GW Hatchet Video: Horowitz Speaks
By far the most anticipated part of the Young America’s Foundation Islamo-Facism Awareness Week was a speech by Conservative Author David Horowitz. Horowitz used the speech to criticize the University’s treatment of conservative students and to explain the need for such an event. The speech wasn’t without drama. Horowitz demanded a Muslim student renounce Hamas and activists attempted to disrupt the speech by unfurling a banner and shouting Horowitz down.
New York rapper Fabolous made more than 2,000 GW students wait more than two hours for his Colonials Invasion performance Friday night at Smith Center.
While waiting for the performer to arrive, students attending Colonials Invasion were treated to an introduction of the men’s and women’s basketball teams for the upcoming season and performances by the dance and cheerleading squads, mascots and the pep band. “Hopefully you guys can come to all of the games,” Karl Hobbs head coach of the men’s basketball team, said.
He added, “The thing that makes this place special … is the fans. There’s a reason it’s one of the hardest places to play.”
Since its inception in 1997, the kick-off celebration for the men’s and women’s basketball teams has had many different names.
From 1997 to 2002, the event was known as “Midnight Madness” and was cancelled in 2003 because of “the loss of a basketball focus and increased hoopla from side acts,” The Hatchet previously reported.
In 2003, the celebration was changed to Colonials Invasion and was held for two years until it was cancelled last year because of budget cuts. When GW last held Colonials Invasion, in 2005 officials reported that 3,500 people attended the event. As a replacement, “Spirit of the Night” was organized as a less extravagant way to get students excited about the upcoming basketball season.
This year the Student Association lobbied the University to bring back Colonials Invasion with the inclusion of a major musical act.
Despite the chart-topping rapper’s success, many students were unfamiliar with Fabolous and some would have preferred a return to past incarnations of Colonials Invasion.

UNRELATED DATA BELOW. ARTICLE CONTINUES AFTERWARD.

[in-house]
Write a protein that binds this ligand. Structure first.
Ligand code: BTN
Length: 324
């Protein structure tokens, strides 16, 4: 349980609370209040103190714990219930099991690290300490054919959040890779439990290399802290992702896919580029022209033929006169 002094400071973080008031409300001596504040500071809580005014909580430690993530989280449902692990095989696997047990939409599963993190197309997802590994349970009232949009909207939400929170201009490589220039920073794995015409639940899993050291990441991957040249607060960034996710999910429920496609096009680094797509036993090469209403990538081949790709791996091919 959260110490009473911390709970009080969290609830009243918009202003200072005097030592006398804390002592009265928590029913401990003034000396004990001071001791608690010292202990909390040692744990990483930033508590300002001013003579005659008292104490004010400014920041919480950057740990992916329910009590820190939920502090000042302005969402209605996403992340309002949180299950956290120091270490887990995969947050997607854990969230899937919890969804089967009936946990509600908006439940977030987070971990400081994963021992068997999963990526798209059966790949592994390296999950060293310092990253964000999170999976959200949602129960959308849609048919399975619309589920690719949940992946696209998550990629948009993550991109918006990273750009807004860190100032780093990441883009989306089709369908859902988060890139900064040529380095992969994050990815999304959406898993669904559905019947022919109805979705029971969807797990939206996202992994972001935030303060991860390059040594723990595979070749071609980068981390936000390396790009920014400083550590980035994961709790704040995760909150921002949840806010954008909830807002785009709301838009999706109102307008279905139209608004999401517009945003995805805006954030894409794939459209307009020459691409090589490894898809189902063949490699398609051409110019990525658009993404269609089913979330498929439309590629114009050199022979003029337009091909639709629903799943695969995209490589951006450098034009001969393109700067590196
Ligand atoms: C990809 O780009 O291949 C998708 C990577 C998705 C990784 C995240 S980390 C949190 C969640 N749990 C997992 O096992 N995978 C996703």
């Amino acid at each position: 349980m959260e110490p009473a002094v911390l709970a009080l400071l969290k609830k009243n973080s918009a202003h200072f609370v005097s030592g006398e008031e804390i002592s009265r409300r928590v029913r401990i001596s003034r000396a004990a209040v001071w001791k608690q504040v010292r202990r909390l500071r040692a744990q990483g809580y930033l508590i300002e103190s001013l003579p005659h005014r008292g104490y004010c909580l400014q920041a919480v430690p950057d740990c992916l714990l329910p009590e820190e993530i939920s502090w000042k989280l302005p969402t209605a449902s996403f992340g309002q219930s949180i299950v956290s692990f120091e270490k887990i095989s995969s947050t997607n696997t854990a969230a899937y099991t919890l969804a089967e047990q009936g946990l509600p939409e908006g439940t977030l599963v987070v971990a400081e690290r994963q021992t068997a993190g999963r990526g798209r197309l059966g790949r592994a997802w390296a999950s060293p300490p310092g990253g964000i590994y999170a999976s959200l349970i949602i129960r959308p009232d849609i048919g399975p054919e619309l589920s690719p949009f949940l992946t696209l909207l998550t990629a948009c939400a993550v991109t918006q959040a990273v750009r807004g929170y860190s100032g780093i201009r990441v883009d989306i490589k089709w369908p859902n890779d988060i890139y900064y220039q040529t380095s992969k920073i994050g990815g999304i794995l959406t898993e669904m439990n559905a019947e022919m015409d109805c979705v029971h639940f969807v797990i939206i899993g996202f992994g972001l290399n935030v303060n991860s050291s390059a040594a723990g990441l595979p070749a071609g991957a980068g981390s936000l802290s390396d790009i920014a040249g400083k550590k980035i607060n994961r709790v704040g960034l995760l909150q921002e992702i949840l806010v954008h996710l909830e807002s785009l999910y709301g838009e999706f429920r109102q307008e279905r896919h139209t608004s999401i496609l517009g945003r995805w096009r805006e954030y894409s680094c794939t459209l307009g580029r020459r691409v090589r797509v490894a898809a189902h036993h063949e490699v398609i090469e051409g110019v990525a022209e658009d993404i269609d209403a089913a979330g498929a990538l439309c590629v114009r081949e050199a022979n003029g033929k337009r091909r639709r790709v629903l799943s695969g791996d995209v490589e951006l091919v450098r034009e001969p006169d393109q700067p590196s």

“I don’t think people came for Fabolous; I don’t think anyone knows who he is,” said senior Greg Berlin. “I think it should be Midnight Madness. Besides, they always complain about how much it costs, and Midnight Madness would cost a lot less.”
Although students criticized the rapper for showing up late, many students said they enjoyed the show.
Freshman Natalie Sutherland said the event was a great idea, generating excitement for the upcoming season and showing school spirit, although she too was not sure who Fabolous was.
“To be honest I don’t really know much. I haven’t heard about him,” she said. “But it’s good to have him as entertainment at the event, especially if it gets more people to come.”
Freshman Micah Cohen was one of those people that came out because of Fabolous.
“Fabolous is the only reason I came,” he said.
Junior Kate Myers said that while she also was not familiar with Fabolous, it was exciting because it would bring out a wide variety of people.
“Freshmen aren’t used to the rituals,” she said. “It’s really exciting that Colonials Invasion has come back.”
Some criticized the University for not promoting the event enough.
“Not enough of the freshman class know about it. M
ost of them probably forgot that it’s tonight,” said Chris Geissler, a freshman working as part of the event’s staff.
Freshman Adam Lovell, a member of the pep band, said he agreed.
“If I wasn’t in the band, I wouldn’t know about it,” he said.
Sophomore guard Jeff Del Favarro also said he was disappointed in the promotion and turnout.
“I think it’s a really positive event, but I wish that more students had showed,” he said. “I think if they had opened it to the public we would have gotten a lot more support.”
This article appeared in the October 29, 2007 issue of the Hatchet.